Publishing the most Innovative Short Stories, Prose, and Flash Fiction
Eyes Upon the Playground by Michael Giardina - Page 1
Garret was the kind of man you could trust with your life, the kind of man that would quietly listen to all of your innermost secrets. His face was a pale white and his body was covered with the kind of freckles that melt together into stains. His eyes were completely devoid of pigment; grey and continually open. Garret was the kind of man who didn't want to miss a thing, who kept his eyes wide open. Iridescent red and orange strands of gorgeous hair parted from the very middle of his scalp and floated limply about his angular cheekbones. Garret-after being so often confided in, after being hurt so many times in his life-became obsessed with secrets, became dependent on those penetrating pieces of the human experience. For Garret, it was no longer a game of trust but of acquisition. He sat at his desk-his eyes reflecting bright little speckles of light from the warm glow of the buzzing computer monitor. He spent his nights idling in chatrooms, urging vulnerable strangers into his trust. Once they opened up, he would slip a small program, disguised as something worthy of inspection, into their hands. It was then that, though they never knew it, the unsuspecting souls offered Garret an unrestricted invitation into their lives. It was just in this manner that Garret came to know the woman named Samantha.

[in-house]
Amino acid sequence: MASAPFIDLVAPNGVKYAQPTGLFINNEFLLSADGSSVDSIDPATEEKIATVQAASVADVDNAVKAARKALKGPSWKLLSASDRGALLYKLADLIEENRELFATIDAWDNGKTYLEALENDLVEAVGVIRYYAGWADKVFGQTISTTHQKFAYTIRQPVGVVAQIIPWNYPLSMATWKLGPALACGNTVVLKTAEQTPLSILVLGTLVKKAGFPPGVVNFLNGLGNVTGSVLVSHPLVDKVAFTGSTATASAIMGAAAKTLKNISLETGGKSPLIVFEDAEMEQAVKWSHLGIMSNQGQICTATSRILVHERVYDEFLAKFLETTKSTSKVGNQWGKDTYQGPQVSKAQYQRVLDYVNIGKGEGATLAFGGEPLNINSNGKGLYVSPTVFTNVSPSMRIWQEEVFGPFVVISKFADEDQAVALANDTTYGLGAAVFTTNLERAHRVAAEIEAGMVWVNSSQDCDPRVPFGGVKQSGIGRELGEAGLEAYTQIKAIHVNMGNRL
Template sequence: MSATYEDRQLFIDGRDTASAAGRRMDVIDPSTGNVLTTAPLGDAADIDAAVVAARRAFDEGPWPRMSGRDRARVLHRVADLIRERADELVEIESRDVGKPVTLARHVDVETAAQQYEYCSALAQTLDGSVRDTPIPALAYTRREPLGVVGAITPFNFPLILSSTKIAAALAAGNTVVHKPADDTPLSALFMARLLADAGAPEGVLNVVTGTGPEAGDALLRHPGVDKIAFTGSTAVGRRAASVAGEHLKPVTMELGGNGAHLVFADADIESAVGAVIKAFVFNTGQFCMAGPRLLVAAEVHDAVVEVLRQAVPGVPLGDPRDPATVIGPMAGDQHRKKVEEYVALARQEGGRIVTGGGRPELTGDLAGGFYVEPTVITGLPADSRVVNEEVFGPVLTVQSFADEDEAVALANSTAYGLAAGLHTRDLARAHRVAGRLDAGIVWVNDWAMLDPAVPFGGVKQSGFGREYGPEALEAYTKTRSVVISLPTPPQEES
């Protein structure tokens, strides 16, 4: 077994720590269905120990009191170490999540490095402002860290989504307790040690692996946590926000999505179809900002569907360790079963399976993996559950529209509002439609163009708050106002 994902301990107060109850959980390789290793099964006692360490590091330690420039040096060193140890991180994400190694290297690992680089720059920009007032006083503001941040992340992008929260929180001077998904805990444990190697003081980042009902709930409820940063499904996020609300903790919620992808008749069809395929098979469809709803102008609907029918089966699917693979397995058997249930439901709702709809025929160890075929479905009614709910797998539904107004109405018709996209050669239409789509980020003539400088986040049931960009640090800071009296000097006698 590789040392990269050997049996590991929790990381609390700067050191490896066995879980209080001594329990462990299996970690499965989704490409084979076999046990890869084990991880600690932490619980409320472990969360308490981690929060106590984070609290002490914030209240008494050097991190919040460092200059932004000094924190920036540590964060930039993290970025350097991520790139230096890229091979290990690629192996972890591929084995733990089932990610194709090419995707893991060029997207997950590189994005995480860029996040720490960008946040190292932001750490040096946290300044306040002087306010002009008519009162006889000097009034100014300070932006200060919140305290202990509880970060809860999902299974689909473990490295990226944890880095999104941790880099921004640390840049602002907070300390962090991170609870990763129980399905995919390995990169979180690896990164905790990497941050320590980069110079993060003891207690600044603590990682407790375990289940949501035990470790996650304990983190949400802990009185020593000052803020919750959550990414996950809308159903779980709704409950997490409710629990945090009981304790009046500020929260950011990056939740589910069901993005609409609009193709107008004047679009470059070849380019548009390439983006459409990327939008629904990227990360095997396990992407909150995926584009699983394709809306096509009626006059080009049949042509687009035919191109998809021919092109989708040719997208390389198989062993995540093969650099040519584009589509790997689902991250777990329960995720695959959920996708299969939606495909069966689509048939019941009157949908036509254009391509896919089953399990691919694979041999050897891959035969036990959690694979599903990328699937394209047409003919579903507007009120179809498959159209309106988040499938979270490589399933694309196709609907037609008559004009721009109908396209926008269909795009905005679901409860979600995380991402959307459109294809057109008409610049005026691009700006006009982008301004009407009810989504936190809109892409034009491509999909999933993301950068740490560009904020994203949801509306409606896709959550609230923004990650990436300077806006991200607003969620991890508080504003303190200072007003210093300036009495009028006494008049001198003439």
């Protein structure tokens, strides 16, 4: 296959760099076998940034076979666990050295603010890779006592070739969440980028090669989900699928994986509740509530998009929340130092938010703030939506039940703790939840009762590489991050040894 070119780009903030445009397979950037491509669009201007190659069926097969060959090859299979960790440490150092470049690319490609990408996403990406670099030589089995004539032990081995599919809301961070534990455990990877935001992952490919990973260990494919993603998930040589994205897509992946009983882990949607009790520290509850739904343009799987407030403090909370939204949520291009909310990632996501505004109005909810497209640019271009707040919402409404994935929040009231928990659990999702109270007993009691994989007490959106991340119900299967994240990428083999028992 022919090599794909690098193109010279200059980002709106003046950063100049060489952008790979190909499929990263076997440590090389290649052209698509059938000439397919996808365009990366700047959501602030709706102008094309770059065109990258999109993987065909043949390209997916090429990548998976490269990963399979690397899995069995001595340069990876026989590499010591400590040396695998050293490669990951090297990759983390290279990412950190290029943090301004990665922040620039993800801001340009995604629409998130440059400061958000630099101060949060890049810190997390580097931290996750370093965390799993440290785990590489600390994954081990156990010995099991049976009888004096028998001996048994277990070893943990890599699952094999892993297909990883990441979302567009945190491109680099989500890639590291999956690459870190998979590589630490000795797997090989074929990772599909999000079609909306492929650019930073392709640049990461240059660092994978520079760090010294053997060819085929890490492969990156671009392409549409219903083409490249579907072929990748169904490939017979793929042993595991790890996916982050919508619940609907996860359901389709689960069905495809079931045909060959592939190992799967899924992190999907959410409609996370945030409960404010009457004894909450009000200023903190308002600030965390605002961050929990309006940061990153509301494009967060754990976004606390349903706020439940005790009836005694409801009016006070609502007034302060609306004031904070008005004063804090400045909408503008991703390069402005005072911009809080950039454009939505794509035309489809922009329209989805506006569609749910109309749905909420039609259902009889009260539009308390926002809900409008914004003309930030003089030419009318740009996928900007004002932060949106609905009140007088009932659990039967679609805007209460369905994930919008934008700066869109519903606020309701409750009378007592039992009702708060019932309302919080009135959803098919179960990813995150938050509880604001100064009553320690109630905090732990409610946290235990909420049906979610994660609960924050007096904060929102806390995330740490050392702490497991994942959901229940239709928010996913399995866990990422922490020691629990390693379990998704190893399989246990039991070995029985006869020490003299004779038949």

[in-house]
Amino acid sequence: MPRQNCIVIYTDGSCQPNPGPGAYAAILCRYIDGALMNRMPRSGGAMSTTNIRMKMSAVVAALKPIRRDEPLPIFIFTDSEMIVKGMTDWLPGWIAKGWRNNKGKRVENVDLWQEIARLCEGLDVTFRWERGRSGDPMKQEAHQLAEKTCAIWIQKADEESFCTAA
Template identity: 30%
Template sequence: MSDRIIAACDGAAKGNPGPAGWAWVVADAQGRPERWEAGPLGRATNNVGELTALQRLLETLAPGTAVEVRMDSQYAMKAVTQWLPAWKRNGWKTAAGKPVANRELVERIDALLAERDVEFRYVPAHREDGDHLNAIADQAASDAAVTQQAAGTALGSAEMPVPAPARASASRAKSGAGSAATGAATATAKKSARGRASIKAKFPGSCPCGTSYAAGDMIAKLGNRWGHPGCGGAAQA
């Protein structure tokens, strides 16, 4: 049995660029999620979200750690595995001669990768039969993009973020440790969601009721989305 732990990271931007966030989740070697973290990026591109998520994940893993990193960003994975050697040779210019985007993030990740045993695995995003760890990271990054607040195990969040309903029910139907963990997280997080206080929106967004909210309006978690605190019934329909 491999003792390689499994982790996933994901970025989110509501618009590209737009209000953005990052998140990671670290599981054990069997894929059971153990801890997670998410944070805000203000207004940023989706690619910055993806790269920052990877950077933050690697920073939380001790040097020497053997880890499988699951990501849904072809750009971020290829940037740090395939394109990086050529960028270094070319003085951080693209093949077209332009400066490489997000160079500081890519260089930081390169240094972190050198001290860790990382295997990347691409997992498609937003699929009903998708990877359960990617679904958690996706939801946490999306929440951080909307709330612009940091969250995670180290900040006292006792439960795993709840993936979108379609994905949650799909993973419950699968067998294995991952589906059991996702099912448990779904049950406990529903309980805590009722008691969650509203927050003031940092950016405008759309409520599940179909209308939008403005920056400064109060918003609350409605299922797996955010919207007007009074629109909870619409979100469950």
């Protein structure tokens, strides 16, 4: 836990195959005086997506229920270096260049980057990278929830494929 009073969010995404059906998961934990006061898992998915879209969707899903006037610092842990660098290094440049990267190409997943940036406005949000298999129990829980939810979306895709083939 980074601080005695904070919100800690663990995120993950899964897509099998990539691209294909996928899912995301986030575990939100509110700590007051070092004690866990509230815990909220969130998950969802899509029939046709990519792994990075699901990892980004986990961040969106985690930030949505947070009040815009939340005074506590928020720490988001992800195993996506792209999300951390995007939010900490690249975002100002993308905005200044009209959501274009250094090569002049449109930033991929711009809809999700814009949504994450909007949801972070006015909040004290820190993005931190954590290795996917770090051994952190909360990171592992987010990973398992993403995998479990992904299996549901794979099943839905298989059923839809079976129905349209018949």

Garret slowly yet persistently urged the young Samantha into his trust. Samantha executed the file and let the electronic walls of protection crumble. Garret could do nothing but smile. He spent hours watching each and every one of Samantha's individual keystrokes. When she left, Garret remained behind, sitting at his desk, watching the monitor, waiting for the keystrokes to resume their scrolling. Garret became obsessed with the first letter. He read it over and over again.